I’m interested in Farago’s take on this incident. This is a national news story involving CCW and I’m curious about whether TTAG will be willing to take a swipe at this guy or continue the “there’s no way to know what really happened!” path that prevents us from acknowledging that sometimes people use CCWs in bad ways.

    • avatarRopingdown says:

      Seems to me this post could better have been written as a “Does CCW Give You the Right to Play Cop?” types, or a cautionary tale, not a “media is bad” tale.

    • avatarBrad Kozak says:

      Ted, you raise some interesting points. If you look at the thrust of my article, you’d see that what I was arguing for was more time to get at the facts. The news cycle in the Age of the Internet is a lot different than the way things worked, back when I started out in journalism as the news director of my college radio station. While we have much better resources today (thanks, Internet!), the flip side is that the shelf life of a story is often measured in minutes, rather than weeks or months. The other effect the Internet has on news is that, while more outlets report on stories, there’s been no concurrent increase in field reportagé. In other words, for most news organizations, they simply pick up on the news feed of whoever covers the story, repeats it/rewrites it/amplifies it and moves on. That’s why it’s so easy to see some bizarro urban myth or tall tale get passed off as the “truth” in the blink of an eye – and why it’s so difficult to track down the origin of a story.

      I was arguing that we should avoid a rush to judgement. At TTAG, we also try to avoid a rush to publish. Personally, I’m only comfortable if I can find corroborating facts/sources on a story and determine that the second source isn’t simply repeating what they heard from the first. That’s not always possible on some stories. (Not a problem here, however.)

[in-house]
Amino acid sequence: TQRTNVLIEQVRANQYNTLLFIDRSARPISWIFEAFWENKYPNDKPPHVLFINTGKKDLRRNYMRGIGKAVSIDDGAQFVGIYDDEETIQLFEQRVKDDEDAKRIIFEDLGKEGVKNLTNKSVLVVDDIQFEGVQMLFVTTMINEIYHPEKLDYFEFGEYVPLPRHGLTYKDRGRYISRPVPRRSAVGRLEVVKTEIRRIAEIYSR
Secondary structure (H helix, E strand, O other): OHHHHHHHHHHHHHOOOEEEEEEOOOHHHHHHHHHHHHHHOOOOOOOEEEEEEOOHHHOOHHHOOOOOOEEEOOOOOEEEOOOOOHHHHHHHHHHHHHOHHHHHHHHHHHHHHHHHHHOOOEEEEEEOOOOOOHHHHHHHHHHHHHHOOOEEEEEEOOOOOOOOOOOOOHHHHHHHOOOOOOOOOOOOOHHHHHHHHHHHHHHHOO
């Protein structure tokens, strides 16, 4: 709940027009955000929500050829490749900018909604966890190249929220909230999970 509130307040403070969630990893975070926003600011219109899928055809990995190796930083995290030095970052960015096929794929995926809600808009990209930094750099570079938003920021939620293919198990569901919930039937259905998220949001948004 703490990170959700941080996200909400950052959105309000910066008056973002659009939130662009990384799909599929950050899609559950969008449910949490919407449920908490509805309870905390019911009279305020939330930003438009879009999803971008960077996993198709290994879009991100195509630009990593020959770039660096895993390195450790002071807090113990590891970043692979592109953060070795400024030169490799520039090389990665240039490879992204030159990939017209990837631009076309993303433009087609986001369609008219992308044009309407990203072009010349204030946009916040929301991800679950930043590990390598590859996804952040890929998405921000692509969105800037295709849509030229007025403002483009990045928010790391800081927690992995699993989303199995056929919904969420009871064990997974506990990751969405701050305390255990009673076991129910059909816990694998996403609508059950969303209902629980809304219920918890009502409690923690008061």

The other thing to keep in mind is that for most of us at TTAG, this isn’t our “day job.” We write about guns because we enjoy it. Not because we’re getting paid the big bucks. I like to think if we were rolling in dough, we’d have a big research department, field reporters, and an organization that would rival CNN/ABC/NBC/CBS/AP and Fox all put together. (Then again, most of those guys are busy cutting back on staff, so soon enough, it may not be that big of a gap to cross.)

      Given the race-baiting comments of the reporters at the presser, and their obviously “we’ve got our minds made up” fury they expressed, I don’t think media bias was a stretch by any metric. And as further comment on the state of the mainstream media, I think it’s pretty sad when a gun blog spends more time and effort trying to be fair and even-handed in a single editorial than the mainstream press does in their blanket coverage of the shooting.

  15. avatarCharlie says:

    Unless the kid was a Muslim I doubt anyone named “Zimmerman” would be accused of prejudicial violence.

    Without reading any background information, solely as a first impression, this “watchman” fellow sounds like a douche. Neighborhood watches should follow an “observe and report” approach. Hence “watch” and not “do.”

    • avatarRopingdown says:

      Zimmerman was recognizably Latino, despite the name. Forget the race of the people.

      • avatarCharlie says:

        The MSM and “minority” victim groups don’t “forget” race. In fact they club us over the head with it to great effect. Making a quick buck in the process doesn’t hurt them either. Retreating from reality isn’t an option.

        • avatarJosh says:

          Can’t blame them. If the races were reversed, tell me that the shooter would be walking free right now.
          Look at the black guy who defended himself against the drunk white assailants a while back. In jail for a month. Justified defense. Lost his home.
          Racism isn’t as bad as alot of minorities claim, but its alot worse than most white people understand.

        • avatarSilver says:

          And, of course, you assume it’s all because of race. Couldn’t possibly be anything else. The system never screws anyone over or lets people slip through cracks unless it’s race-based. Right.